“home for me was a place I was going to, rather than a place I could occupy” : A story of wanderings
Sara Taylor’s first novel, The Shore was a stunning debut, a collection of individual stories which were interweaving, deeply entangled exploring the history and geography of a small group of islands off the coast of Virginia, and the families and their descendants who marked the place, and were marked by it
So I was extremely interested (and with some trepidation) to read her ‘can you follow THAT – always a challenge when a debut writer sets a very high standard for themselves to meet again.
Well, I need not have worried. The Lauras is a very different book, but it is equally immersive, equally assured, equally wonderful.
Out of the dark, foaming ocean a sun was rising, massive and red. It balanced on the black line of the horizon and spilled its blood across the sky, tore the scudding clouds with pink and caked the wet sand, and for a moment, I wondered if, in the course of my sleeping, we’d made it to the end of the world, where the sun rose out of the ocean like a newborn thing in the way I’d always imagined seeing but never had
“Where are we?” I asked
“Florida,” she said
Taylor, originally from rural Virginia, clearly has a love of the landscape of her country, and this is evidenced in this book, effectively, a mother and child road trip. However, Taylor chose to complete her education in the UK, where she now lives, so she also brings that interesting outsider’s eye to her native country. Something being explored here, in many ways, is identity, and those who, in different ways, do not fit into the world which mainstream cultural thinking, and existing structures, have designed. Her interest is in misfits – which to some extent must mean almost all of us. Few are perfectly round pegs easily happy in perfectly round holes.
The mother in this story is clearly an outsider – child of Sicilian immigrants, she is not quite Sicilian, not quite American. Circumstances led to her having a wild, disrupted childhood, and she was fostered. The road trip is towards a journey back to her own past. She is married, with a thirteen year old child, but the marriage is foundering. Alex, the 13 year old is torn between whether to follow mother or father as the primary identity role model, as children of breaking marriages often can be. Ma rather takes matters into her own hands, following a particular row. She has been planning on escaping this marriage for some time, and has had hidden bags packed in readiness. Alex is scooped up in the middle of the night, without really knowing what is going on, and the two set out on a two year and more road trip, sometimes hunkering down so Alex’s schooling can continue, whilst Ma works at menial jobs. She is searching for some specific friends from childhood and young womanhood. Friends, and more than friends. Ma has a fluidity around her sexual orientation as well as her nationality and cultural identification. Coincidentally a few of the early significant friends were called Laura, so the name has acquired potency.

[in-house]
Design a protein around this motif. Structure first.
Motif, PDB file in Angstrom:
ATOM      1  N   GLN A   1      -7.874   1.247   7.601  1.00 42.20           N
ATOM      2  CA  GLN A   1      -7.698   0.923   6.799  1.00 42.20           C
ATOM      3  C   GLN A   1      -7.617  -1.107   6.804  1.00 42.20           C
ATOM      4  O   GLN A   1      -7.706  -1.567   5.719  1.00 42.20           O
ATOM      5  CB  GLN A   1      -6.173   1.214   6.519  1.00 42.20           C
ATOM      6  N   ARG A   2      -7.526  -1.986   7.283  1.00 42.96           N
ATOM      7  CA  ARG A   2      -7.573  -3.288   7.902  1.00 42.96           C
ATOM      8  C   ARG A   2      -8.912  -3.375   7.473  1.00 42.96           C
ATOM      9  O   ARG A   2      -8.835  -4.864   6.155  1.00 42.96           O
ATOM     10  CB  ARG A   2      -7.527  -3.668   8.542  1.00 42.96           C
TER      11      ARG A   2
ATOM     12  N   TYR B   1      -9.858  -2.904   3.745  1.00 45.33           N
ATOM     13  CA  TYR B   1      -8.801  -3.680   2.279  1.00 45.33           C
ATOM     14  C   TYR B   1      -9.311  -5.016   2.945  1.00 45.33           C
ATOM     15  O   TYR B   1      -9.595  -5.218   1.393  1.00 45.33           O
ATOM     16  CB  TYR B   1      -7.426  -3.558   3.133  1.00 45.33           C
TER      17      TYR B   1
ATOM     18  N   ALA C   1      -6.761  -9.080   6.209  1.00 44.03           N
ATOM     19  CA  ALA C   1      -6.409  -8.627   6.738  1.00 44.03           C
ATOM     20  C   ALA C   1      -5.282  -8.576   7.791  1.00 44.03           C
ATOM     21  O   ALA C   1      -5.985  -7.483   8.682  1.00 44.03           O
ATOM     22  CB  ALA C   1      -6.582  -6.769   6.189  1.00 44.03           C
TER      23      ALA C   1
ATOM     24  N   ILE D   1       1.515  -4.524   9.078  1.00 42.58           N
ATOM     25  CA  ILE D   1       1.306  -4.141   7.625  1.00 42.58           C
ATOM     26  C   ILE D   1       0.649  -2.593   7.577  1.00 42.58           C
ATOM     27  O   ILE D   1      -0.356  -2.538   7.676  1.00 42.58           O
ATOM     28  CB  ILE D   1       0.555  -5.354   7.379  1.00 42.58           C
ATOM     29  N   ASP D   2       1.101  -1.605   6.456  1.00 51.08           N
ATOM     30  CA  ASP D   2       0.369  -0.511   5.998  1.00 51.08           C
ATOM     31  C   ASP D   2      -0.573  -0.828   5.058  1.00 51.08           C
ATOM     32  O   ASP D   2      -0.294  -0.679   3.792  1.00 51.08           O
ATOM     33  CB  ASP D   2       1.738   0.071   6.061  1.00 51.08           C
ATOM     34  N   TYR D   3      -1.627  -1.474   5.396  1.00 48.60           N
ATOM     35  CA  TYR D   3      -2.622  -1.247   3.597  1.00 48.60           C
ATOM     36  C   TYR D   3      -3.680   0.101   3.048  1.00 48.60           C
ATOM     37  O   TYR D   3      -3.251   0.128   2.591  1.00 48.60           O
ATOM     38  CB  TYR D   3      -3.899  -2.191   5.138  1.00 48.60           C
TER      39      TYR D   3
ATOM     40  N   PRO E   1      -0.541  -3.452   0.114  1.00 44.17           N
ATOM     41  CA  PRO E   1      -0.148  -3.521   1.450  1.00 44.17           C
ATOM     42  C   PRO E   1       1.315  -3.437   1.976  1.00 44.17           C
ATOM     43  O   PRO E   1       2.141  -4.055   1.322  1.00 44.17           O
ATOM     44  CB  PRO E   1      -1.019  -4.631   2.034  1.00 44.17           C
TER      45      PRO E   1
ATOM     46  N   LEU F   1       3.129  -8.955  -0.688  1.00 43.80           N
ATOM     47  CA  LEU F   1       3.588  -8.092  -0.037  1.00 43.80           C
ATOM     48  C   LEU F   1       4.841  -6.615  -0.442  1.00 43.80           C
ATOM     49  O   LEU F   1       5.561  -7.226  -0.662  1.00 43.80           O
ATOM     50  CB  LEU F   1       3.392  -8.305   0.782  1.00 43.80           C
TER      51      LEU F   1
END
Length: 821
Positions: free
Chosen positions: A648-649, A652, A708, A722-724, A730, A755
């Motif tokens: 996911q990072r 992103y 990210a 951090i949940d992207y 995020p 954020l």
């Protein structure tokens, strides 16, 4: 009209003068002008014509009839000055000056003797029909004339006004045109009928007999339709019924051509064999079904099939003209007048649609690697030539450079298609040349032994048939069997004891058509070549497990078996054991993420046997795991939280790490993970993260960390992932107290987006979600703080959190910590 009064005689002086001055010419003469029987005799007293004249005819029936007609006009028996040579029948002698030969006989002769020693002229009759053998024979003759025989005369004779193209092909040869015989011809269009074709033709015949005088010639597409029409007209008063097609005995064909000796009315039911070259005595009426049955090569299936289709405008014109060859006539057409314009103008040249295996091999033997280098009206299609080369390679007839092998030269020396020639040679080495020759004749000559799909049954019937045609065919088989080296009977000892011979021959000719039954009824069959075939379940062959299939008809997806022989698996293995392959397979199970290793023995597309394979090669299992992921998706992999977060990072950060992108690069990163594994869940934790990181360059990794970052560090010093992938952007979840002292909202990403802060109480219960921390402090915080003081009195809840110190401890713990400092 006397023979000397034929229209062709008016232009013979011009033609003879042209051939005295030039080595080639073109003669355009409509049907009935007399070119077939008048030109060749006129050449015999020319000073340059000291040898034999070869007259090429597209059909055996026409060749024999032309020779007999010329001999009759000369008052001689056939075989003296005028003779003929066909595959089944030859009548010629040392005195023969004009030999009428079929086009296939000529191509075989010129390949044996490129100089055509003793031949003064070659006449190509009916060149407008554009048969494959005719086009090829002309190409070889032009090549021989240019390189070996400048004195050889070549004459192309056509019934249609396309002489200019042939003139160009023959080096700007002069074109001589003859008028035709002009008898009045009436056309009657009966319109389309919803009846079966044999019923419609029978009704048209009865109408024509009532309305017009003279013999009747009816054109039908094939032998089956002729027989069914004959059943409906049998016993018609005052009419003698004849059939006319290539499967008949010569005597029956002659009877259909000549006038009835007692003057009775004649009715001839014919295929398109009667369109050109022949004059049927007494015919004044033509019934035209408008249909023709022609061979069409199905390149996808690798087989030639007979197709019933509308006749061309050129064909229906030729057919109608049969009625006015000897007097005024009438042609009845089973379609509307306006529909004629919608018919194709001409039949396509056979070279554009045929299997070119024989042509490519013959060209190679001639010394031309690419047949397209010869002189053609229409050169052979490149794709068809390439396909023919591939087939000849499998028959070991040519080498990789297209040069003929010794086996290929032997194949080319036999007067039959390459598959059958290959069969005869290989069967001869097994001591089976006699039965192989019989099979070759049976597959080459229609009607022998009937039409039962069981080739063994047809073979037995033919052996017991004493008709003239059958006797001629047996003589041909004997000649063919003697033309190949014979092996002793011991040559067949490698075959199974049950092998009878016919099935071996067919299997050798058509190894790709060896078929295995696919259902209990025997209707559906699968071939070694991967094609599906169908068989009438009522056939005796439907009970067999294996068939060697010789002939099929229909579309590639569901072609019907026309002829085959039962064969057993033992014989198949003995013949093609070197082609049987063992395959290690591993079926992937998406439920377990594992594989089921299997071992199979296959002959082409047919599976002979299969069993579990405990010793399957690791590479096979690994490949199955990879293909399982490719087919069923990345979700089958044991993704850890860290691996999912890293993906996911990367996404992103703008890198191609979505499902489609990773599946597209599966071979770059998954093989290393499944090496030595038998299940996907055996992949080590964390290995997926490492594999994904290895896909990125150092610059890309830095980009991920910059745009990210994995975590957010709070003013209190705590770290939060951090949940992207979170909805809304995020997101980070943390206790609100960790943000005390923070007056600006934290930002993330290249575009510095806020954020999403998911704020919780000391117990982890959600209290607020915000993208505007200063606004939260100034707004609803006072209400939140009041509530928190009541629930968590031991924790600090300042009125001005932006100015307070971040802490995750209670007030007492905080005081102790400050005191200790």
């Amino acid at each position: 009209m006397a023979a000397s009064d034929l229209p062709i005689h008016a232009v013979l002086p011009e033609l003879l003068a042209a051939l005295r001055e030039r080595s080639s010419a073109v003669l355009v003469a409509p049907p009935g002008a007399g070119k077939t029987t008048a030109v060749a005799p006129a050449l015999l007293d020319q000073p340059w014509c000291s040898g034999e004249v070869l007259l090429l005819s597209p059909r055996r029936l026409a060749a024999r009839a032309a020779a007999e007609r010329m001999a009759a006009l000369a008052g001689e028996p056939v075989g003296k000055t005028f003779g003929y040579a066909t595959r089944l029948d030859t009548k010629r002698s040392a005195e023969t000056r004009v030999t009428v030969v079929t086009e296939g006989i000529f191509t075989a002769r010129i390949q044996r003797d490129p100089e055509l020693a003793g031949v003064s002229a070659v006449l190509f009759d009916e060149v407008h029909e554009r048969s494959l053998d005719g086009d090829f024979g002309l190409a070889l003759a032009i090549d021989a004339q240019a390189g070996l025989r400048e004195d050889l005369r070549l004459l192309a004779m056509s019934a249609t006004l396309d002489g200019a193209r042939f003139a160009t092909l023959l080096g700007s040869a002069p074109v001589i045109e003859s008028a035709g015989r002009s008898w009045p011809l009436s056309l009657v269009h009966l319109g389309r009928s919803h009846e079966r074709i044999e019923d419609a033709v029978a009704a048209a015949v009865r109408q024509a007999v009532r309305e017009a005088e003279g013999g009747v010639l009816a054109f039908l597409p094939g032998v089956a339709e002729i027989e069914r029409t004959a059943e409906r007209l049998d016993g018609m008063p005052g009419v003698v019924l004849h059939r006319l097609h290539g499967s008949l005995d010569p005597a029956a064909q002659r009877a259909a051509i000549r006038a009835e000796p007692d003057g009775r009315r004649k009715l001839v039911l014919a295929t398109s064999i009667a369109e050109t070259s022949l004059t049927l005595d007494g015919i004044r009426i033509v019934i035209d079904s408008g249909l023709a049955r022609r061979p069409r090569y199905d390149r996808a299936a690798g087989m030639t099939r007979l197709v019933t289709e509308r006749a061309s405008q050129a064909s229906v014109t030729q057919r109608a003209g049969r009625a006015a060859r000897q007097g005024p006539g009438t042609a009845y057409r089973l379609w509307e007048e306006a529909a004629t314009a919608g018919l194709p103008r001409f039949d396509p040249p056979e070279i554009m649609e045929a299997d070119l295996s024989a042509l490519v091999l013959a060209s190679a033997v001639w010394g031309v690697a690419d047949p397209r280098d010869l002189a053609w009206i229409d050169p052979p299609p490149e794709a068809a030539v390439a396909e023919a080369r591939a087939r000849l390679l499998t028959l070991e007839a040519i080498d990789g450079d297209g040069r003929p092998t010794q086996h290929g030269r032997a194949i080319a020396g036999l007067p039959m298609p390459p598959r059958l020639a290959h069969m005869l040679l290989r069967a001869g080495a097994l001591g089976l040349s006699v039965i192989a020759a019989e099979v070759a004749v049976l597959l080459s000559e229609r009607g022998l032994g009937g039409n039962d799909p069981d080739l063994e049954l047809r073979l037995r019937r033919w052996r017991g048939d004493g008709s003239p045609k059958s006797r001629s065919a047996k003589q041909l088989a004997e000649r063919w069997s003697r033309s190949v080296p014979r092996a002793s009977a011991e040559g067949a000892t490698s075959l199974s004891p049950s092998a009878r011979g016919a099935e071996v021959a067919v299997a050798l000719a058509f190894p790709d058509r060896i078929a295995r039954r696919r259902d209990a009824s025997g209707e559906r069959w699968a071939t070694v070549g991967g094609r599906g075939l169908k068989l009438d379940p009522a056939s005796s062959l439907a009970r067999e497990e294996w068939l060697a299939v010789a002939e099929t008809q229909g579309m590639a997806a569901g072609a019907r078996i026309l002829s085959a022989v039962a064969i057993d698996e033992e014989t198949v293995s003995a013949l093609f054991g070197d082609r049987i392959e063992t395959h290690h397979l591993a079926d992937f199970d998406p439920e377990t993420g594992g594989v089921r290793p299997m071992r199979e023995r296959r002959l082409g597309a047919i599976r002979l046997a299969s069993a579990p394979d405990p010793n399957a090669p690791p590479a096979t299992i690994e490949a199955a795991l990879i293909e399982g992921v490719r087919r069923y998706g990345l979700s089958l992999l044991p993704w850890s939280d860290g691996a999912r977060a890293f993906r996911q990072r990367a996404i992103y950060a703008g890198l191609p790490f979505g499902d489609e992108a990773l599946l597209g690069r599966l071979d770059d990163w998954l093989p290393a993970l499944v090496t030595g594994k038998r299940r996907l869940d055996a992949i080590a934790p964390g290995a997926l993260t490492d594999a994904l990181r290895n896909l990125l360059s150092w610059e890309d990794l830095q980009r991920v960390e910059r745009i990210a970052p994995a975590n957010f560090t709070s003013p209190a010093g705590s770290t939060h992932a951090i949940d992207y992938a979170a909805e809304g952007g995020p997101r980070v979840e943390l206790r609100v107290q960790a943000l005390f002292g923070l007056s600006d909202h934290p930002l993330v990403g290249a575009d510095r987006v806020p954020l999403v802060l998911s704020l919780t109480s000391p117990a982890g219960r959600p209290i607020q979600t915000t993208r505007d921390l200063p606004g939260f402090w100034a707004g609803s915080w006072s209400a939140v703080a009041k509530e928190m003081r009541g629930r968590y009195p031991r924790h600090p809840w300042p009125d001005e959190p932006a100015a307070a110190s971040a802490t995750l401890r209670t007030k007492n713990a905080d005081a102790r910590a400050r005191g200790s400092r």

Ma and Alex are dependent on the kindness of strangers, at times, but are also at risk from the unkindness of others, and sometimes, they will have to be the ones offering kindness, or seeking to right wrongs and dispense rough justice
Narrator, now an adult, looking back some quarter of a century, is Alex, so the narrative voice is adolescence through the filter of maturity
Memory is slippery, not even like a fish but like an eel, like an ice cube, like a clot of blood whose membranous skin can barely contain internal shifting liquidity. It’s something that, the firmer you try to grasp it, the weaker the hold you have on it, the less trustworthy it becomes. But it doesn’t matter what really happened, does it? Reality matters less than how it is perceived, that edge or feather or scale that you catch onto as it flickers by. And after a year or ten in a dingy pocket who can say if it was a lizard’s scale or a dragon’s in the first place?
Unfortunately, so very much about this book might be spoiled for a reader if further information is given, yet I’m aware that a review this evasive or woolly might fail to lure a potential reader. I will have to err on the side of evasion. Like things are in this book for Alex, who does not know the destination Ma is heading for, it is the unknown journey – road, or book, which is the point. Naming, defining, holding out signposts for readers would be destructive
Humans – most of us, at least – have the incapability of pondering the really terrifying things for any serious length of time. It’s probably what keeps us from throwing ourselves off cliffs in mass fits of existential crisis
Taylor tells a wonderful story, and her writing of it is beautiful, crafted, sure.
I recommend this very strongly. I read it in digital version for review, from the publishers via NetGalley
I await Taylor’s next book with even higher hopes. Tremendous